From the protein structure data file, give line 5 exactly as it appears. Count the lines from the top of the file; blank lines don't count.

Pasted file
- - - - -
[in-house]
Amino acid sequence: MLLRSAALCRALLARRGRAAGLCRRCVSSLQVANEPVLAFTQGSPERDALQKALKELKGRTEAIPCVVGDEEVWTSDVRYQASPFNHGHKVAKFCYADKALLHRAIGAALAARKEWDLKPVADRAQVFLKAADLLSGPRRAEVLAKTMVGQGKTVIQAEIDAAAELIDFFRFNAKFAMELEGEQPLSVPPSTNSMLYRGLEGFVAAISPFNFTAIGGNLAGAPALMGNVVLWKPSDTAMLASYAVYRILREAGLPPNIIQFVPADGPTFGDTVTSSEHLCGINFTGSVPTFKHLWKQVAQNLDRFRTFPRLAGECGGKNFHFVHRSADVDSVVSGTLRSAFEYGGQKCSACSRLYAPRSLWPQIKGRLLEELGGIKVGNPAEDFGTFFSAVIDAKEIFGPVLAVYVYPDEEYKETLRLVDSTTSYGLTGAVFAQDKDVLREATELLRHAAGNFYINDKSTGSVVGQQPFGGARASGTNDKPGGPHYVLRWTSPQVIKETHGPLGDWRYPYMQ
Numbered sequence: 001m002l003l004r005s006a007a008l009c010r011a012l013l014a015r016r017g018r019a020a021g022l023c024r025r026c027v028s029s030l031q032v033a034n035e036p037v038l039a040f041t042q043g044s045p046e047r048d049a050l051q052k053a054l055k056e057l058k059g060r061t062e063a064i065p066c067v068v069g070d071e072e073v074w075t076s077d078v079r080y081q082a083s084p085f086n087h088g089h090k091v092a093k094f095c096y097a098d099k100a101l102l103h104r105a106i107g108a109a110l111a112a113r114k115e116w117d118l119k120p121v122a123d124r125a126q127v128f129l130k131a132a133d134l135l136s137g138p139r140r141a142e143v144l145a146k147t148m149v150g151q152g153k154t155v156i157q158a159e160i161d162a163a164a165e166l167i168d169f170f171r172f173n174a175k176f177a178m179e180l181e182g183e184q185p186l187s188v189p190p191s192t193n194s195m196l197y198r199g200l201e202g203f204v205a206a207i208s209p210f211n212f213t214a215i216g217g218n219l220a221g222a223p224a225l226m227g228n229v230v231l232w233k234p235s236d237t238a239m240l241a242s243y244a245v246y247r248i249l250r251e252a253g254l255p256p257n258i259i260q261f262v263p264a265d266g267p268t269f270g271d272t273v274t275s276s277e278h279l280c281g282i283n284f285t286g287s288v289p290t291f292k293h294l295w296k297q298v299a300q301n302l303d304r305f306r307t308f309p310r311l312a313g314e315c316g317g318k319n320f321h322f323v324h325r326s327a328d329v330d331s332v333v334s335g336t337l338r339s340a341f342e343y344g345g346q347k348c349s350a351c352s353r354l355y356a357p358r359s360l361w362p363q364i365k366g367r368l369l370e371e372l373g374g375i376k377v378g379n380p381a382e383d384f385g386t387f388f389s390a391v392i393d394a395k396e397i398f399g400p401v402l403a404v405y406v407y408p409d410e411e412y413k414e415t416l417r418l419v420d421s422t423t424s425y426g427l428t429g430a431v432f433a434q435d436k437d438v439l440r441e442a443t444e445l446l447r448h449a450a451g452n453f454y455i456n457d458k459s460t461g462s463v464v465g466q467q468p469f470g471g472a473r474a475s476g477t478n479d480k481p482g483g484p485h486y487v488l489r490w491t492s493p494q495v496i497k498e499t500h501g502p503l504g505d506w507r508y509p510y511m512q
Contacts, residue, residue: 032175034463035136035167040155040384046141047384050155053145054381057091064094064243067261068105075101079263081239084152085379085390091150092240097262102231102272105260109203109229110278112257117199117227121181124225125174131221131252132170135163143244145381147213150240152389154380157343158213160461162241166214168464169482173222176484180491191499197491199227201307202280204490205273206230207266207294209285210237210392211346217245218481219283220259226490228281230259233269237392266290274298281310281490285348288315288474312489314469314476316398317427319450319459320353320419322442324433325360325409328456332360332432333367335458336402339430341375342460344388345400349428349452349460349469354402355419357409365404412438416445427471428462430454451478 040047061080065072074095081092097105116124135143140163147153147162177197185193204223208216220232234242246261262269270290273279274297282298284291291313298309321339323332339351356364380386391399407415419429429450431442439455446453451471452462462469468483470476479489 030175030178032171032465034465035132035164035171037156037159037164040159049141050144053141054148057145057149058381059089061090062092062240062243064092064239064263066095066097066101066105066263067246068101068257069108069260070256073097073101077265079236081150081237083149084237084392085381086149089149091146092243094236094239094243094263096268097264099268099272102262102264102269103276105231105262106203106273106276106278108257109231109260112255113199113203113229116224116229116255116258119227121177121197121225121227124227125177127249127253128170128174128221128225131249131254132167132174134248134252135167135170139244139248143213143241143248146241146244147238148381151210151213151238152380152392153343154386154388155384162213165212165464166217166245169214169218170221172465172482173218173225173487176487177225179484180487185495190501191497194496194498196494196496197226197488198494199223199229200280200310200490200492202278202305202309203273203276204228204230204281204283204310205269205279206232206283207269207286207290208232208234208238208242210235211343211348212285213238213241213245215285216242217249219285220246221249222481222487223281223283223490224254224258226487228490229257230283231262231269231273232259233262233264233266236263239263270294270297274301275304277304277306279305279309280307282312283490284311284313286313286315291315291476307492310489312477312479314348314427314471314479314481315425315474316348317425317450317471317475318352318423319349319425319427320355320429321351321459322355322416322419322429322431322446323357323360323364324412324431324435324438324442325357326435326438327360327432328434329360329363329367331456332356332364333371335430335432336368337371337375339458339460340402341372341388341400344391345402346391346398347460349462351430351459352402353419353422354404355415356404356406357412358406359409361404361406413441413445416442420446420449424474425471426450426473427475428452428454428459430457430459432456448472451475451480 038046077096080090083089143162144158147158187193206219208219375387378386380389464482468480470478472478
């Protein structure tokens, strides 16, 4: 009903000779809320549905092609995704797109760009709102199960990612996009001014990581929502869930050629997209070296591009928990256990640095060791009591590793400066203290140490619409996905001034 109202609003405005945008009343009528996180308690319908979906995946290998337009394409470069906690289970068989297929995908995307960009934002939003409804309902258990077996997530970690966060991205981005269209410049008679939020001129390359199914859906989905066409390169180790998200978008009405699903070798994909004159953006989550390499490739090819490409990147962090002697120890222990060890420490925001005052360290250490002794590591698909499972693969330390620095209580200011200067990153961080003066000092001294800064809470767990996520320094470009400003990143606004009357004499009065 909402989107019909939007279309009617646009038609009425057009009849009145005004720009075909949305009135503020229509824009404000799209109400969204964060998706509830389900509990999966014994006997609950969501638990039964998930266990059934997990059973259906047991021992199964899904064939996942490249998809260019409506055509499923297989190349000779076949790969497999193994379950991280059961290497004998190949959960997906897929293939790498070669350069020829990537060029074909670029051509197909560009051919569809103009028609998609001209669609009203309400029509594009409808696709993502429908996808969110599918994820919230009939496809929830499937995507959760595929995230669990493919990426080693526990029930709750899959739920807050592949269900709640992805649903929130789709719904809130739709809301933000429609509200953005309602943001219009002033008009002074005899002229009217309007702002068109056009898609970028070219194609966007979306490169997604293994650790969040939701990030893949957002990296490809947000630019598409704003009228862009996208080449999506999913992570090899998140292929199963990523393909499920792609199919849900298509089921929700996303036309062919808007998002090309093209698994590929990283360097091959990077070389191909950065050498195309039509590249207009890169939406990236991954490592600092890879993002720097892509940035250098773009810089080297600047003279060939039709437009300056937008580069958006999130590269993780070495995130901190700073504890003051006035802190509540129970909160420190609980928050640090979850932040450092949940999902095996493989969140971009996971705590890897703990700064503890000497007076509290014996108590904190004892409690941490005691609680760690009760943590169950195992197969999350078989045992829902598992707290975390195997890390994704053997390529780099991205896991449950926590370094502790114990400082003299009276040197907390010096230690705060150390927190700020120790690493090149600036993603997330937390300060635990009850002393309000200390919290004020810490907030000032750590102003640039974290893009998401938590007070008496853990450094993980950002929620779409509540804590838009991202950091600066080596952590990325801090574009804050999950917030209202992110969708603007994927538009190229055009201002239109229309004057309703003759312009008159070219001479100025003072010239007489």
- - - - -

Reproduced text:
């Protein structure tokens, strides 16, 4: 009903000779809320549905092609995704797109760009709102199960990612996009001014990581929502869930050629997209070296591009928990256990640095060791009591590793400066203290140490619409996905001034 109202609003405005945008009343009528996180308690319908979906995946290998337009394409470069906690289970068989297929995908995307960009934002939003409804309902258990077996997530970690966060991205981005269209410049008679939020001129390359199914859906989905066409390169180790998200978008009405699903070798994909004159953006989550390499490739090819490409990147962090002697120890222990060890420490925001005052360290250490002794590591698909499972693969330390620095209580200011200067990153961080003066000092001294800064809470767990996520320094470009400003990143606004009357004499009065 909402989107019909939007279309009617646009038609009425057009009849009145005004720009075909949305009135503020229509824009404000799209109400969204964060998706509830389900509990999966014994006997609950969501638990039964998930266990059934997990059973259906047991021992199964899904064939996942490249998809260019409506055509499923297989190349000779076949790969497999193994379950991280059961290497004998190949959960997906897929293939790498070669350069020829990537060029074909670029051509197909560009051919569809103009028609998609001209669609009203309400029509594009409808696709993502429908996808969110599918994820919230009939496809929830499937995507959760595929995230669990493919990426080693526990029930709750899959739920807050592949269900709640992805649903929130789709719904809130739709809301933000429609509200953005309602943001219009002033008009002074005899002229009217309007702002068109056009898609970028070219194609966007979306490169997604293994650790969040939701990030893949957002990296490809947000630019598409704003009228862009996208080449999506999913992570090899998140292929199963990523393909499920792609199919849900298509089921929700996303036309062919808007998002090309093209698994590929990283360097091959990077070389191909950065050498195309039509590249207009890169939406990236991954490592600092890879993002720097892509940035250098773009810089080297600047003279060939039709437009300056937008580069958006999130590269993780070495995130901190700073504890003051006035802190509540129970909160420190609980928050640090979850932040450092949940999902095996493989969140971009996971705590890897703990700064503890000497007076509290014996108590904190004892409690941490005691609680760690009760943590169950195992197969999350078989045992829902598992707290975390195997890390994704053997390529780099991205896991449950926590370094502790114990400082003299009276040197907390010096230690705060150390927190700020120790690493090149600036993603997330937390300060635990009850002393309000200390919290004020810490907030000032750590102003640039974290893009998401938590007070008496853990450094993980950002929620779409509540804590838009991202950091600066080596952590990325801090574009804050999950917030209202992110969708603007994927538009190229055009201002239109229309004057309703003759312009008159070219001479100025003072010239007489």